Interpreter Mode was recently released on December 12, 2019 for the Google Assistant. Just in time for my annual vacation. This year I was enroute to South Korea and Japan. I have never had the opportunity to learn Korean or Japanese. I've had an affinity for the cultures and was excited to explore. This recent release of interpreter mode allowed me to have a more loose conversation in these countries.
I've used Google translate for conversations. This is more of a turn-taking experience. You press the mic icon, speak, press the mic icon, it translates, the other person presses the mic, speaks and so on. While not a horrible experience it does take rigid turn taking and remembering to press the mic. That small act often interrupts the conversation flow for me. Great for getting around but what about those times traveling when you just want to get to know someone casually? Translate will do it but the conversation flow just isn't the same.
Welcome interpreter mode for the Google Assistant with 44 languages to interpret to. If you are on an Android you can start by saying "OK Google, Interpreter mode" or "Ok google, be my interpreter" a card will appear to confirm the language. While in another country the dominant language is determined from the geolocation. In my case while in Japan it offered Japanese; South Korea, Korean. Handy so I don't have to go searching for a language.
Once started the Assistant does something Google Translate doesn't do. It detects which language the speaker is speaking and translates to the opposite selection. I first explored this with my brother-in-law who speaks Korean. His Korean is not that of a native so has an american accent to it. The assistant did a decent job of translating with a few odd words thrown in. My 9 year old niece who likes to speak with the native accent threw some basic phrases out and was rewarded with more accurate translations. Once I arrived in Japan the struggle was real not having family to depend on for translation. My first opportunity for solo use came at the JR Railway ticket counter. Many Japanese do not speak English therefore translation tools are a requirement. The ticket agent and I did not seem to be on the same page so I opened the Assistant in interpreter mode. It worked flawlessly for us to clarify some things. The ticket agent noticeably relaxed when I was able to discuss the topic of time vs price in Japanese. This interaction got me thinking of how we can use this technology in an educational environment.
I took spanish in High School. French was also offered but my mother wanted me to take a language she was familiar with. Something I noticed in my own high school education was we never interacted with the French classes. Thinking on it I wonder what that kind of collaboration would have or could have looked like? I now know there are a lot of similarities in languages and having been to France I can get by from knowing what I do of Spanish. Those basic language skills I learned taking Spanish in high school have allowed me to get by in other countries speaking various languages. It's also helps me to shift and learn new computer programming languages. I came to the recognition of language similarities much later in life. I'm not fluent in any language other than English but I understand enough of the basic principles of conjugation to learn more of another language.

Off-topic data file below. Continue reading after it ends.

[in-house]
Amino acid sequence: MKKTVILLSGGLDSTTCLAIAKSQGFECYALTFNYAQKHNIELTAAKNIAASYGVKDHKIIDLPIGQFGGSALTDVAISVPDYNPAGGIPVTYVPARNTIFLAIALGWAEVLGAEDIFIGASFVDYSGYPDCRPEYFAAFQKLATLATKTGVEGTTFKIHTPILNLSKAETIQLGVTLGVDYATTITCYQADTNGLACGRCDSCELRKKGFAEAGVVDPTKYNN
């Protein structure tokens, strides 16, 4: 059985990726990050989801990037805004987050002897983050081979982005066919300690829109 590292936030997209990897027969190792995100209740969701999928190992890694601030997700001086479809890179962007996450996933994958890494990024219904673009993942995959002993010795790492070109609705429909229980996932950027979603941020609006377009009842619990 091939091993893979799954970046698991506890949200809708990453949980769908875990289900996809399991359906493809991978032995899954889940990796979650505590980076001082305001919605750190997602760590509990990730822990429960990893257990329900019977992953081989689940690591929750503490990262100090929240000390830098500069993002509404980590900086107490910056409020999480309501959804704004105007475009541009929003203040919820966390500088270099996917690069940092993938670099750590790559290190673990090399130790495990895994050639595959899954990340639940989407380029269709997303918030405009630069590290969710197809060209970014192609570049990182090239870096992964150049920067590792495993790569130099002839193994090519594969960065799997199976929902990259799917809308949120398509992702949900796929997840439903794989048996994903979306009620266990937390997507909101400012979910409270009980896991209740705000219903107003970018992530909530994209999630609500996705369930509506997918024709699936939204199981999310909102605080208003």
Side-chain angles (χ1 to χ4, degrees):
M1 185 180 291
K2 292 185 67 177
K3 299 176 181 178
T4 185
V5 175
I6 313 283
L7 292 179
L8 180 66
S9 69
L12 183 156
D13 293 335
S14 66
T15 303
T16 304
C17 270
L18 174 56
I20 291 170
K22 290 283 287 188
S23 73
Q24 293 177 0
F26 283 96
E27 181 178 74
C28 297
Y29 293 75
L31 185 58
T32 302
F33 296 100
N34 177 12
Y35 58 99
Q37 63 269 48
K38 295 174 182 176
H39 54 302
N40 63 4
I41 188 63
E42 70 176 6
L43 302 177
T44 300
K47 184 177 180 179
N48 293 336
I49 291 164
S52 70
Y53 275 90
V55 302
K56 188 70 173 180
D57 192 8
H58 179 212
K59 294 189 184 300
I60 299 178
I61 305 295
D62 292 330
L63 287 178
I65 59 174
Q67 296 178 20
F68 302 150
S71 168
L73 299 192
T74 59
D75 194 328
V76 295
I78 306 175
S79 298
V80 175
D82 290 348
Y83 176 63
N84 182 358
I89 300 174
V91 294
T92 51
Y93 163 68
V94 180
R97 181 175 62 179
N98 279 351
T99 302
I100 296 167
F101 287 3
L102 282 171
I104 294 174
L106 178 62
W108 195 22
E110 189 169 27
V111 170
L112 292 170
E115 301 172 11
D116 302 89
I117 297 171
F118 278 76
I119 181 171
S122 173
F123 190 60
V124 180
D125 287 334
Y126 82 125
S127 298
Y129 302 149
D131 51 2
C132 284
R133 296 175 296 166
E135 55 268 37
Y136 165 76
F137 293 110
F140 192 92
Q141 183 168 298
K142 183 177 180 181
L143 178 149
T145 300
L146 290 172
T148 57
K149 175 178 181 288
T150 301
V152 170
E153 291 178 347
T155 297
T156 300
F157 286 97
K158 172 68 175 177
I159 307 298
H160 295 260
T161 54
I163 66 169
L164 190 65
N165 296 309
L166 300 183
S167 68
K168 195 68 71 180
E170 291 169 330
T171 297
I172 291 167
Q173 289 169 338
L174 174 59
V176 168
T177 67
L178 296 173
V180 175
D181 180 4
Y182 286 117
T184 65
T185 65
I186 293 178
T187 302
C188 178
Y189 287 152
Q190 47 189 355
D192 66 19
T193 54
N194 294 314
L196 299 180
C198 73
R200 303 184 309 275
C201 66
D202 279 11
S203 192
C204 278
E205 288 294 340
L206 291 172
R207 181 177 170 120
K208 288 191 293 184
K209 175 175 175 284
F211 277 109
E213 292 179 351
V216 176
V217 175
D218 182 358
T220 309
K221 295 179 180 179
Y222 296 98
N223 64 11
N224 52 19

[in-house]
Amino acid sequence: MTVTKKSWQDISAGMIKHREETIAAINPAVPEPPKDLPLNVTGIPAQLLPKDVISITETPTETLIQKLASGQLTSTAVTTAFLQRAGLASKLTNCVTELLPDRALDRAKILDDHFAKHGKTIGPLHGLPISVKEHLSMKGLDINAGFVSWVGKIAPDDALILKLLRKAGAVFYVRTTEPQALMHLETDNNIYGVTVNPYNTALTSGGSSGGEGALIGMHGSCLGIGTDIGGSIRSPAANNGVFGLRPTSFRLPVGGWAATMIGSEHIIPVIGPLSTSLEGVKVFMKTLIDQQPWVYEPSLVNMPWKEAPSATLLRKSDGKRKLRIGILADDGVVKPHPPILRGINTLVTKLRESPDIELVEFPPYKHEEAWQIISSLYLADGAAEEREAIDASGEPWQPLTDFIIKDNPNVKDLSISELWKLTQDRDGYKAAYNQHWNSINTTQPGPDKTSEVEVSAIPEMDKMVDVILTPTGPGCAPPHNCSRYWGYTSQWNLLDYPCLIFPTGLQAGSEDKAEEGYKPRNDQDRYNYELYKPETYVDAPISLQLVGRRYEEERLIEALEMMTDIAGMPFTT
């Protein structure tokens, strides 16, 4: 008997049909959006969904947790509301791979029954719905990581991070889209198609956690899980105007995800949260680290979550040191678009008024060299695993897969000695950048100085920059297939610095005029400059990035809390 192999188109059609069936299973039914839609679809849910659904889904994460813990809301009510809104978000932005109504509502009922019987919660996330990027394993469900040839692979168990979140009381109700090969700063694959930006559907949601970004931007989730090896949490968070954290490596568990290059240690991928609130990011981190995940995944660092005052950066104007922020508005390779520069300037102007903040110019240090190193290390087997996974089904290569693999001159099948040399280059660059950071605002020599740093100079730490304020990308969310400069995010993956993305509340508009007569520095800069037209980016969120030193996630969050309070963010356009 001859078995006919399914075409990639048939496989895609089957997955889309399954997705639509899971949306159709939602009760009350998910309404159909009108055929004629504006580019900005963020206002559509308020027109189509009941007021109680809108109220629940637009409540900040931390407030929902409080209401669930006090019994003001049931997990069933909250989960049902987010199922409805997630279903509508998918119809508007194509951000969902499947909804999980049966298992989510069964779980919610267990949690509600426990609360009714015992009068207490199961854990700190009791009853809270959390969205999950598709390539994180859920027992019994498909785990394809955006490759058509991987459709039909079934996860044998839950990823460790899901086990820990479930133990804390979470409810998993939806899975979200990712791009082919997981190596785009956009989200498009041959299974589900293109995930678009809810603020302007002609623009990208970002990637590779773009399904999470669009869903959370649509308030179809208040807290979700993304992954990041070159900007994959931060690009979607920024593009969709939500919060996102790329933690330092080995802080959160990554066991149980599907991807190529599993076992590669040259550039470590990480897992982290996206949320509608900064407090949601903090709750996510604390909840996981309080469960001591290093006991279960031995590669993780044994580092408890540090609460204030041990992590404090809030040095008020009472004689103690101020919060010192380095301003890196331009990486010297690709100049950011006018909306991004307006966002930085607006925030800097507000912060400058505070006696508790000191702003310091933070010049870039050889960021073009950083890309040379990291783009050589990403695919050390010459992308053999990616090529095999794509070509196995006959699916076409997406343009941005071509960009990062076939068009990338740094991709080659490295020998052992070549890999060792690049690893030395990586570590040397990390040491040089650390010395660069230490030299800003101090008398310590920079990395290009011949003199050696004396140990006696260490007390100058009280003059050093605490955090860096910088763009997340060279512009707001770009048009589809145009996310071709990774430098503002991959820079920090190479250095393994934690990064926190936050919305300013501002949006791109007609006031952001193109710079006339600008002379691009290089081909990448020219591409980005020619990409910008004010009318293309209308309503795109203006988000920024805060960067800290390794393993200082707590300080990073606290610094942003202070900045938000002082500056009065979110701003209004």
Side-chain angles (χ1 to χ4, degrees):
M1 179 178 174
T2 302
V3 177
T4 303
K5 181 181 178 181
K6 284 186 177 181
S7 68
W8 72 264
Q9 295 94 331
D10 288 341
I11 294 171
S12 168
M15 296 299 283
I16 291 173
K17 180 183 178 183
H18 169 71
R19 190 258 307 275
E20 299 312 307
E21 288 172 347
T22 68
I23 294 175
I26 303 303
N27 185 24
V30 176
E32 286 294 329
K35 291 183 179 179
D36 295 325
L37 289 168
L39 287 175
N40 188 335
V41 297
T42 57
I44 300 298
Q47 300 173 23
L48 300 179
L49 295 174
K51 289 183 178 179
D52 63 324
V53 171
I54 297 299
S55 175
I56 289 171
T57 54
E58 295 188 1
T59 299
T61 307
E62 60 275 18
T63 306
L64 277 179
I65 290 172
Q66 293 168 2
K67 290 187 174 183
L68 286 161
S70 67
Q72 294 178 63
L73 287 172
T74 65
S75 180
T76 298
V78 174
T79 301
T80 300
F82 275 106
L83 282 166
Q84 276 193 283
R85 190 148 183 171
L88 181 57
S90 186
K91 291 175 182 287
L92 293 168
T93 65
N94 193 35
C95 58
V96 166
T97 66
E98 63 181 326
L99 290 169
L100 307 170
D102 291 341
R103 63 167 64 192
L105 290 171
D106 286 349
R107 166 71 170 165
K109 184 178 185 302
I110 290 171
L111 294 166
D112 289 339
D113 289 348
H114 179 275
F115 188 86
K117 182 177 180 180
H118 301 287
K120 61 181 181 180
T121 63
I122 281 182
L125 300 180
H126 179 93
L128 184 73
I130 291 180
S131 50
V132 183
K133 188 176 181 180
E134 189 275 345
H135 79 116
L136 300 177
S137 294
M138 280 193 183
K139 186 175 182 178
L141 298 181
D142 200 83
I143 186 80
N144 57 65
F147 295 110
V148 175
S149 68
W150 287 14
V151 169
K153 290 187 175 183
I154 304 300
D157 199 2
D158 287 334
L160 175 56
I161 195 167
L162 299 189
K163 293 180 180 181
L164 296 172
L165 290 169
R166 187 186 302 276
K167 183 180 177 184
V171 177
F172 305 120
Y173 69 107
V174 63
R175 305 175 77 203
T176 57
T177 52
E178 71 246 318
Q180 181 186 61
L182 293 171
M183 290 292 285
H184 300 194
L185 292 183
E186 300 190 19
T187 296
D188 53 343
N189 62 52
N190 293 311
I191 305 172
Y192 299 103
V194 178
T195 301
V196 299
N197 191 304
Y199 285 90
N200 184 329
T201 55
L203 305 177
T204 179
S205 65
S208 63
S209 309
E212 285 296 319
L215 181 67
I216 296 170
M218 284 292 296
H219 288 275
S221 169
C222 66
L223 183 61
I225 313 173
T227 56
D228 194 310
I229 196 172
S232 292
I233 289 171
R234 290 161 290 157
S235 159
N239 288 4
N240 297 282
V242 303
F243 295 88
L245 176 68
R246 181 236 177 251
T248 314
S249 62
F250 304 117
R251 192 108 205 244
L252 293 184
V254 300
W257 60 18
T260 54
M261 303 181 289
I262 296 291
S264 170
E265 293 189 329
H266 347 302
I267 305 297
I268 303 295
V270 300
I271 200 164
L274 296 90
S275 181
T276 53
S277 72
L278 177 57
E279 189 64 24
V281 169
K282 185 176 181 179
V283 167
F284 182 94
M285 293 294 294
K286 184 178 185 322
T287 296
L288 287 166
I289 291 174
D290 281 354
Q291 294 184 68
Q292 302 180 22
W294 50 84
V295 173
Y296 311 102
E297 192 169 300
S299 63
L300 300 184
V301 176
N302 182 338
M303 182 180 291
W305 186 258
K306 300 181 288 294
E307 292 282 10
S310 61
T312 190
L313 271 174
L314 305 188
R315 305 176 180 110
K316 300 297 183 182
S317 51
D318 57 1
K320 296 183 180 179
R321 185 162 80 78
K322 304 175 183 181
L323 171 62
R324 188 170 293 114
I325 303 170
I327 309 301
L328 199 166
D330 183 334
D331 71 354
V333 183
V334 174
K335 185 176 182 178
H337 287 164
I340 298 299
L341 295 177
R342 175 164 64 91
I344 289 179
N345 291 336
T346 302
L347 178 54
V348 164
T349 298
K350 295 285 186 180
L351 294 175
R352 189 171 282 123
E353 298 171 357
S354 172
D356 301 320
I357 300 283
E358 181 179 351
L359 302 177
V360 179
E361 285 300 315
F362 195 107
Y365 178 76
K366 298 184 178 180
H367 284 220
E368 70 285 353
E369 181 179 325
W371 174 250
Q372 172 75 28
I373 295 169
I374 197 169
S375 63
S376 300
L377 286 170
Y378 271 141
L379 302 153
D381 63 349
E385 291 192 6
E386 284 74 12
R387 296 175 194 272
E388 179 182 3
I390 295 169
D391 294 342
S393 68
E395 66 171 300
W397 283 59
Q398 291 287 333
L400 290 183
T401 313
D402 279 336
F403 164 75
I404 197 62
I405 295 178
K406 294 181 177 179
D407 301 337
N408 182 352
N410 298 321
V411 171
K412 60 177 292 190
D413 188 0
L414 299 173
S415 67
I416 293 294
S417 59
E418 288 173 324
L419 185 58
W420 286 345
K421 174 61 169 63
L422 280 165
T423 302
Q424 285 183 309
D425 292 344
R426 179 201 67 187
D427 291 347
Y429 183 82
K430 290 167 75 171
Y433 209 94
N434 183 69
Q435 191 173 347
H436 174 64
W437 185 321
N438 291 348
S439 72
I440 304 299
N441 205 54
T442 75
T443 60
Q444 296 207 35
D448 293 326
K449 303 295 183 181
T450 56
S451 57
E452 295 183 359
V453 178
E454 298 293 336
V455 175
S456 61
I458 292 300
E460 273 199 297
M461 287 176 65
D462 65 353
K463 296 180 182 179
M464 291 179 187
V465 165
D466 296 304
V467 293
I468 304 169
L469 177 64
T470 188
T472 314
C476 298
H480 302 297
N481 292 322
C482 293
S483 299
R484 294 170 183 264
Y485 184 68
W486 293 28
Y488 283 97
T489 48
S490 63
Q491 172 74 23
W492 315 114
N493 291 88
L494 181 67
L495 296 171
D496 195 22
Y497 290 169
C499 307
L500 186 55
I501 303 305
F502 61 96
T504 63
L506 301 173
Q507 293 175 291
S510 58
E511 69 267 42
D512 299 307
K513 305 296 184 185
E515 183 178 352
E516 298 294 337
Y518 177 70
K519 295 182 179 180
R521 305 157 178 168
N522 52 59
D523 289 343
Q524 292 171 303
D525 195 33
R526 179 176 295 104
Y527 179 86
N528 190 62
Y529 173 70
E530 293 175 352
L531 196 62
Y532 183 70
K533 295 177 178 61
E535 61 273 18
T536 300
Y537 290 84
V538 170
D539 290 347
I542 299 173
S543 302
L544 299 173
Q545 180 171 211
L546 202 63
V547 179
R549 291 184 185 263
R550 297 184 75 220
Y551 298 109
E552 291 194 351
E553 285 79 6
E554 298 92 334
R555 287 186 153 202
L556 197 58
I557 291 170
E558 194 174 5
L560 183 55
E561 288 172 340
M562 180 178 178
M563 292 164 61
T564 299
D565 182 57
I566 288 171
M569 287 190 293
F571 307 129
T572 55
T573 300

What would it look like for me to have had the opportunity to collaborate with the French class down the hall? Would I have gained a greater understanding of language as a whole? When I think about the non-tech interaction between the classes it doesn't feel too successful in my head. I'm sure teachers have explored this approach with classes and had varying results. But what about using technology to support the interaction?
I picture Interpretation mode being used with language classes to help gain a deeper understanding to the basics of language. Picture a small conversation between a french class and a spanish class interacting in the languages being learned. Interpreter supports the interaction while also providing students with discussion points on how each language is functioning and being used. Using the mode with two non-native languages creates a learning experience for both parties. While each may be working to learn their own assigned language they can work to bridge communication through newly acquired vocabulary.
Interpreter mode may give a way for language classes to interact. It also provides those students acquiring skills in English a way to participate. The detection of language and use for conversation gives students opportunities to interact culturally with classmates. Google Translate can also help if you remember to capture what is said by clicking the microphone. Google Assistant listens for the language and translates. It provides a greater ease of use more inline with an interpretation experience. Just imagine how it can help for parent teacher conferences when we often use the student as the interpreter...
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This is an interesting guide about Korean and Japanese languages class collaboration. Yes, Google translator is best for conversations. Many people cannot understand Japanese and Korean languages so they can use translator apps like google apps and many more.ReplyDelete
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